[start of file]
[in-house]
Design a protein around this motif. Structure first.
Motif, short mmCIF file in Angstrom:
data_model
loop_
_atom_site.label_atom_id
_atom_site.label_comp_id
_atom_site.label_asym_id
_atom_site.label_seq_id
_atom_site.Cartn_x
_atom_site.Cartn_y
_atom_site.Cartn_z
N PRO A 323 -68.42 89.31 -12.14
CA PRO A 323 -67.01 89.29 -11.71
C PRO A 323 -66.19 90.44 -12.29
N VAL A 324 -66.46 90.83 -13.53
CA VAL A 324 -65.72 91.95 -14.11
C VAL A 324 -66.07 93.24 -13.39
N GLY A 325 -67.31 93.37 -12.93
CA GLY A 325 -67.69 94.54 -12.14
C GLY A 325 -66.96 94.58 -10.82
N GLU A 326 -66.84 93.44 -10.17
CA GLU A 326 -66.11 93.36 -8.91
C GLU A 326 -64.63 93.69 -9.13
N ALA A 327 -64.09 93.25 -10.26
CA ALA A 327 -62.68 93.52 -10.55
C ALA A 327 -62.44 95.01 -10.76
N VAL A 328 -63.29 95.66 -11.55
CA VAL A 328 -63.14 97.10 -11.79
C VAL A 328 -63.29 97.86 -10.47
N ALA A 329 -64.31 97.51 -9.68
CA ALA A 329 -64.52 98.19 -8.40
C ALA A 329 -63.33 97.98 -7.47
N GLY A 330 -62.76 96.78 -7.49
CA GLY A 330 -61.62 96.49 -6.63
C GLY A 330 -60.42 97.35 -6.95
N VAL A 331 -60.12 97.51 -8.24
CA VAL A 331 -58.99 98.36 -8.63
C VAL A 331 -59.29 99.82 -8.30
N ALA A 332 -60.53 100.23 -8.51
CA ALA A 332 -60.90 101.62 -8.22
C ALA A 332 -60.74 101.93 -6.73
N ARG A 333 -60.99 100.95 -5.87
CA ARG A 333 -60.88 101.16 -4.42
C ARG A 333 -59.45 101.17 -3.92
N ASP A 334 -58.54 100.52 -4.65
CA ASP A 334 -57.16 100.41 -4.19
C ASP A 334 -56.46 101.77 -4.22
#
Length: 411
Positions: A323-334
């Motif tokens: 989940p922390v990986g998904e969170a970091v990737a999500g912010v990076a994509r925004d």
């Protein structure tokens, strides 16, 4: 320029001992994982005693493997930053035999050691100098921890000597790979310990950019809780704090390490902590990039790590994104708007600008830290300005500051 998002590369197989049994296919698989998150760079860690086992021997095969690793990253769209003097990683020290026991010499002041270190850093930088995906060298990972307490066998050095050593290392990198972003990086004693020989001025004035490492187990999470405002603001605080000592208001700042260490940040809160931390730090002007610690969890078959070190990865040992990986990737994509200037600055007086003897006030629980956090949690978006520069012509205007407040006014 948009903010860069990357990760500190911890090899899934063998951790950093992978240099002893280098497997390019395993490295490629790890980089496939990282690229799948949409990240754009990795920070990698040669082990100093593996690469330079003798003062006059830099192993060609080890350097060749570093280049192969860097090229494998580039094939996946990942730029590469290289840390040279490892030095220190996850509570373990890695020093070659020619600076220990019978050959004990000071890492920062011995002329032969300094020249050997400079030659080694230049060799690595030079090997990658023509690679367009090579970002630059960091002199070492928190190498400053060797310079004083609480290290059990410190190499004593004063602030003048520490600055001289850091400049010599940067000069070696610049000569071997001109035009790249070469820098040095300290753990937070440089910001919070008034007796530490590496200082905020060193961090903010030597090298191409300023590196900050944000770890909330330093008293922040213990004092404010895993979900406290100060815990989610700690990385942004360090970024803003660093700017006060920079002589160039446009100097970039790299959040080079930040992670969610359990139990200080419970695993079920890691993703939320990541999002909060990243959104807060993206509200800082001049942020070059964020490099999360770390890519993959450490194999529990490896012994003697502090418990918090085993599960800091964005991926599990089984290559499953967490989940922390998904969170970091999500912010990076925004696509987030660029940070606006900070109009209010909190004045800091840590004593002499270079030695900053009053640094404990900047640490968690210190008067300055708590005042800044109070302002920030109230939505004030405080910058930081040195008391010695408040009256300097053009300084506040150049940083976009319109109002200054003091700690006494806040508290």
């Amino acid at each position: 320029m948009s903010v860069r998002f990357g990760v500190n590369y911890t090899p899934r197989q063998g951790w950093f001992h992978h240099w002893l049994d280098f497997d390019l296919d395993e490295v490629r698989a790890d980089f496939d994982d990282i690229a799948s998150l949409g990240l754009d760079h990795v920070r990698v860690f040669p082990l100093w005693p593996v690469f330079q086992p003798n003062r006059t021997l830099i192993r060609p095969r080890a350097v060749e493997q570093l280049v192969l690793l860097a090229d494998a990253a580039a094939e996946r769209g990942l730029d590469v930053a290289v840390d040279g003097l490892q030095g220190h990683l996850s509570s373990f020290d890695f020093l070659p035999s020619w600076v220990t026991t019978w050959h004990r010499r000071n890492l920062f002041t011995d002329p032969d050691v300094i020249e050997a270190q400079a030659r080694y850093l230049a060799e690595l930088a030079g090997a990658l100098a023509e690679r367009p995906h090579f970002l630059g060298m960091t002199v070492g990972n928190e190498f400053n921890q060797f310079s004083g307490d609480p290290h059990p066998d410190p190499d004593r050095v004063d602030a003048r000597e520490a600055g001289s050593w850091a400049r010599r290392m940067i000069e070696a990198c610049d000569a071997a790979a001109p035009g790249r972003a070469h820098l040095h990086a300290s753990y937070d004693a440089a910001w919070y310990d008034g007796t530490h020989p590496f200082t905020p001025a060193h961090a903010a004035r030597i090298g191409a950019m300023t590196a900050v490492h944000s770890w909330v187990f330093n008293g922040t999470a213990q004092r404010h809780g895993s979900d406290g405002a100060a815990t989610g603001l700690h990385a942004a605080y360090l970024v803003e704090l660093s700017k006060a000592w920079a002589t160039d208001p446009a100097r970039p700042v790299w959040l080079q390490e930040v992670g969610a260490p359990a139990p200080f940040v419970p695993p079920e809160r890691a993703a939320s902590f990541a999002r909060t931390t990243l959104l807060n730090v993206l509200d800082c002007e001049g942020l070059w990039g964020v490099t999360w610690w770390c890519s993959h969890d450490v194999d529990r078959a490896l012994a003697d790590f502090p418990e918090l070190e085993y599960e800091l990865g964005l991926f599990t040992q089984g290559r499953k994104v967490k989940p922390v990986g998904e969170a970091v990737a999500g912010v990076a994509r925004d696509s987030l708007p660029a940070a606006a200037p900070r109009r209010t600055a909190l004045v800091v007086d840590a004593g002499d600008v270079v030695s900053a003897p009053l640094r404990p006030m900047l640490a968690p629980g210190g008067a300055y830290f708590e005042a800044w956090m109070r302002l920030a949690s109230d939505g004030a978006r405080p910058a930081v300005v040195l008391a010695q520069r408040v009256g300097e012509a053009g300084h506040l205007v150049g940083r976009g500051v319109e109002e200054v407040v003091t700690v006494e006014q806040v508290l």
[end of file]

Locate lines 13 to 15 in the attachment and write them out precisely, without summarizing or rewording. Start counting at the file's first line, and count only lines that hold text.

N PRO A 323 -68.42 89.31 -12.14
CA PRO A 323 -67.01 89.29 -11.71
C PRO A 323 -66.19 90.44 -12.29